There are two types of kale that you can typically harvest from your plant. Mature and baby greens can be harvested from a plant, but they have to be harvested at different times. Both types will keep your kale plant regenerating new leaves with correct harvesting.
If you plan on picking mature kale leaves, you may pick them 60 days after the last harvest. Baby greens on the other hand can be picked 25 to 30 days after they are sown. Don't over-pick your kale plant's baby greens because it can make your plant die—just make sure to get enough every once in a while.
What Are The Types Of Kale?
If you are new to this vegetable, a lot of people will typically point you to a bunch of dark green, large leafy vegetables whenever you look for kale. However, you'll be surprised to know that there are quite a number of kale types and you can plant most of them at home.
Kale is mostly edible, but you might also find some varieties that are meant for ornamental use. For the purpose of this article, we will focus on edible varieties that you can cook and serve during meals.
For newbies, curly kale is typically the first variant you'll commonly see in supermarkets. The leaves of this variety are curly and ruffled, and you'll sometimes find them in bunches that almost look like bouquets. This variety is mild-flavored and it's a great way to introduce first-time eaters to kale.
Curly kale is a great ingredient to add to pestos, green smoothies, salads, or even chips. In the supermarket, the most common variety of curly kale that you'll find is the 'Winterbor'— a classic green curly leafed kale. You might also find a 'Redbor' variety which looks a little similar, but it comes in a deep burgundy or purple color.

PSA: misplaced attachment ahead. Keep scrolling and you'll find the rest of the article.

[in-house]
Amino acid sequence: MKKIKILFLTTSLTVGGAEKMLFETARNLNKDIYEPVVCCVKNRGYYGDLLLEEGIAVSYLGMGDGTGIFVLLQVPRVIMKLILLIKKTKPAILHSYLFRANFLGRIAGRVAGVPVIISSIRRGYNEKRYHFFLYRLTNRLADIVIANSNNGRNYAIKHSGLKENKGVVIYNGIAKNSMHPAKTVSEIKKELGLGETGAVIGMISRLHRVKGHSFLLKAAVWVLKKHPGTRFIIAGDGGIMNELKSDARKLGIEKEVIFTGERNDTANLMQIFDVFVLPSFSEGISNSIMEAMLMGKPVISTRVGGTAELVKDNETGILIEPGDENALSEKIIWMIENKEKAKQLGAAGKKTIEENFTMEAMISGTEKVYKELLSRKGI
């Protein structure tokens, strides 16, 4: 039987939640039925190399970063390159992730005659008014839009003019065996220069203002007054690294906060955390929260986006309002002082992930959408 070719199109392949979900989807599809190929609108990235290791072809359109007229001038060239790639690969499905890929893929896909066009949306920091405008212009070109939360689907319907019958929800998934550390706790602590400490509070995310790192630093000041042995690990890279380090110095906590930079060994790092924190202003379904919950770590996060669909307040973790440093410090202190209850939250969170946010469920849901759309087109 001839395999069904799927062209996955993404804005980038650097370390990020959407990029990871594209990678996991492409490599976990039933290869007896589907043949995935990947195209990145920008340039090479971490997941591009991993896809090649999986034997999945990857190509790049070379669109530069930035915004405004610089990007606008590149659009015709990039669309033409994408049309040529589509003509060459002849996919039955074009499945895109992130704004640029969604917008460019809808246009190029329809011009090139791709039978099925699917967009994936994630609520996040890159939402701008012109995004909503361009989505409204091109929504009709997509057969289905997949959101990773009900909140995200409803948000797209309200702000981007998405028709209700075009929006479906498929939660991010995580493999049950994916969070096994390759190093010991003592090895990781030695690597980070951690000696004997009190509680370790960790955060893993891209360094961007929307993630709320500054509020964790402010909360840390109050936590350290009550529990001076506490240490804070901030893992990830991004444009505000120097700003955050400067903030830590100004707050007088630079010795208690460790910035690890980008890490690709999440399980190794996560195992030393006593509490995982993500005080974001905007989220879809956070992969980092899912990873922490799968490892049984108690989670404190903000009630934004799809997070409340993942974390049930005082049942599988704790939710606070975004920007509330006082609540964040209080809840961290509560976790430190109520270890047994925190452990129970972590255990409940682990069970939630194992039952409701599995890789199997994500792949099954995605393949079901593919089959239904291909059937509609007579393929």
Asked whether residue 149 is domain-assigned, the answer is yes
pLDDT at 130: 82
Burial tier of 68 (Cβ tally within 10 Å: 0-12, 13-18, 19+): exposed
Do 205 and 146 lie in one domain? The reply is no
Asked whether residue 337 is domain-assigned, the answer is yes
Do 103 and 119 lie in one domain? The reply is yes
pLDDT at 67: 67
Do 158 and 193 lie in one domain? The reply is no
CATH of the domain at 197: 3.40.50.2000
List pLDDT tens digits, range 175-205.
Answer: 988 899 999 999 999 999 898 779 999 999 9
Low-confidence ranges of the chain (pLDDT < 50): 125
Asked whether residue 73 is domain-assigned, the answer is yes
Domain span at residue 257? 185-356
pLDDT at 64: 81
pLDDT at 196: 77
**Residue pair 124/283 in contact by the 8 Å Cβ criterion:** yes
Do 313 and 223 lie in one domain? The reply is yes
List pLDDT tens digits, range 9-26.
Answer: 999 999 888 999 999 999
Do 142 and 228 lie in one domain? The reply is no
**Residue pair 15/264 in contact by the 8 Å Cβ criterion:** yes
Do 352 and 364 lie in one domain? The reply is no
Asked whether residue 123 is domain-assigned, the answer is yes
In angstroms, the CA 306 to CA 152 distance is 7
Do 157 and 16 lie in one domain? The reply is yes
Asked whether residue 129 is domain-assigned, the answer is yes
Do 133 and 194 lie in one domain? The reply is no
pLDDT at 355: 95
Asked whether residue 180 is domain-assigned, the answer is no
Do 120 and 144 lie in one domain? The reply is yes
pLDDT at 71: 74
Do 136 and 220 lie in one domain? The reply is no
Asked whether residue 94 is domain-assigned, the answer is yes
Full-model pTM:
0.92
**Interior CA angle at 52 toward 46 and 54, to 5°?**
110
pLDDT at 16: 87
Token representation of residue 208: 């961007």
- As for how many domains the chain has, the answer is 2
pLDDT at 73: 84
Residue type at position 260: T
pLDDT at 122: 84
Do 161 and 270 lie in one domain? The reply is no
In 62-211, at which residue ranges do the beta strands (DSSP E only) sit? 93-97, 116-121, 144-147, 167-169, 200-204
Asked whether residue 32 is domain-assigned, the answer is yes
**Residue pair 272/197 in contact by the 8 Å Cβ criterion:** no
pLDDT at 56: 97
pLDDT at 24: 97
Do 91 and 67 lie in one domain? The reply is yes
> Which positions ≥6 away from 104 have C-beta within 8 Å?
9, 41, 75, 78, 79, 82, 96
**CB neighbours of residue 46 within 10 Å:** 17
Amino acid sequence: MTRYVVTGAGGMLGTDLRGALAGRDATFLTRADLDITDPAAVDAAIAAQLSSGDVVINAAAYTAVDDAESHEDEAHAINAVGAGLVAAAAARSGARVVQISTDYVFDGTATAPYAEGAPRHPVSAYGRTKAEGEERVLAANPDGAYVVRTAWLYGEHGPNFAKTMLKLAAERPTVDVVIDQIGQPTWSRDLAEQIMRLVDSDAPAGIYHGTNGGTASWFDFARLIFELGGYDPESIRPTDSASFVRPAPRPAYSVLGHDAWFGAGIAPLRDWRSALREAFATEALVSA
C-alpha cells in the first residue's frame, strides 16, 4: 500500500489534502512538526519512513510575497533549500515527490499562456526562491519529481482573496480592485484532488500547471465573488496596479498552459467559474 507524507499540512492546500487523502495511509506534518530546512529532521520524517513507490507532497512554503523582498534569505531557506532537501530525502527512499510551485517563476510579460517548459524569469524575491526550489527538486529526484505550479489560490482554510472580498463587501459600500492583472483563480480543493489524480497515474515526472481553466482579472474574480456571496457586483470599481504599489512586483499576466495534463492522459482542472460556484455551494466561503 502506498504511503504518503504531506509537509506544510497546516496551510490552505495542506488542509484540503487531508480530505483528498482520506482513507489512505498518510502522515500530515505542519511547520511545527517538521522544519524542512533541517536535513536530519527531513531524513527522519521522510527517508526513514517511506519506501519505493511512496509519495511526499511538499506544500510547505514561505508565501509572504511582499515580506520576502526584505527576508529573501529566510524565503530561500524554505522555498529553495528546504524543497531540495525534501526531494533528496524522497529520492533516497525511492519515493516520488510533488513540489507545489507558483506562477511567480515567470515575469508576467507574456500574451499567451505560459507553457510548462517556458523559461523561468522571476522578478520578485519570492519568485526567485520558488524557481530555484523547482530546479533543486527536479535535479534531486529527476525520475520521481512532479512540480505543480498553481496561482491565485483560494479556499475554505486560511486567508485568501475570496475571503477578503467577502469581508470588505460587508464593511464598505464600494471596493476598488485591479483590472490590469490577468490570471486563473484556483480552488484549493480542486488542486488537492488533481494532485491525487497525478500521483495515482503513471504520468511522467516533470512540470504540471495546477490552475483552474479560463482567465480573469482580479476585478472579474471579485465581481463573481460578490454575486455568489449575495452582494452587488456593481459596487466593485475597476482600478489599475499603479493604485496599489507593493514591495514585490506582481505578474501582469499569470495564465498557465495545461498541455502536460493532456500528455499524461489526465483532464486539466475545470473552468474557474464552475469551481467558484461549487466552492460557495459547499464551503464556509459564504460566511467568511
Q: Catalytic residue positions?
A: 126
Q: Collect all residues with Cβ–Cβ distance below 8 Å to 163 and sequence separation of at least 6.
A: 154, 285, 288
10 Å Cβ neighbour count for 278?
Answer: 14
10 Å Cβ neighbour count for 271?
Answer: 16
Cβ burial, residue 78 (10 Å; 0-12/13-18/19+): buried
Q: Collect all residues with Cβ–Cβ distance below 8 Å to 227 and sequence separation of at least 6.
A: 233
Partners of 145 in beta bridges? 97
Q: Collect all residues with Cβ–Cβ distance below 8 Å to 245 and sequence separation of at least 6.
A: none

Lacinato kale or otherwise known as Tuscan or Dinosaur kale is another popular type of kale that you can find in the supermarket. It has elongated leaves that are deep blue-green in color, and most cooks and foodies agree that it has a slightly sweet taste and it is less bitter than curly kale.
There are a few variants of the Dinosaur kale, most of them typically used in sautées, pizzas, or as toppings. This type of kale is popular in Italian cuisine, so do look for this type if you are cooking Italian food. The most common Lacinato kale that you'll typically find is called 'Black Magic' and it has been a farmer's staple for many years.
Flat Leaf Kale
Flat leaf kale or Russian kale has frilly leaves that are tender when eaten. This type of kale is exceptionally sweeter than its other counterparts, and you will often see them as a fall crop. Russian kale also has a slightly peppery taste which is why this variant has become a favorite for salad and sandwich enthusiasts.
Just like the other types of kale, flat leaf kale comes in different varieties and colors. Common ones that you'll find in the supermarket is the 'Red Russian' which has reddish stems. You might also find some 'Siberian kale' which is milder and sweeter than other varieties.
Baby Kale or Microgreens
Technically speaking, all varieties of kale produce babies or microgreens. If you plant your own kale at home, you can harvest these microgreens before they completely mature—roughly 25 to 30 days after you've sown them. However, you can't harvest too much of these microgreens from your kale plants because doing so might kill them.
If you do have a lot of kale plants growing at home, you should be able to harvest a good amount of microgreens at one point in time. Unfortunately, you'll have to head to the supermarket if you need lots of these because some kale farms have perfected their breeding efforts for baby kale production.
Kale is a very nutritious vegetable that you can have all year round if you manage to propagate and plant them at home. With fresh vegetables always available in the local supermarkets, you should be able to find beautiful kale bunches with healthy mature stems for replanting. Grow them and you'll have delicious greens in your kitchen all the time.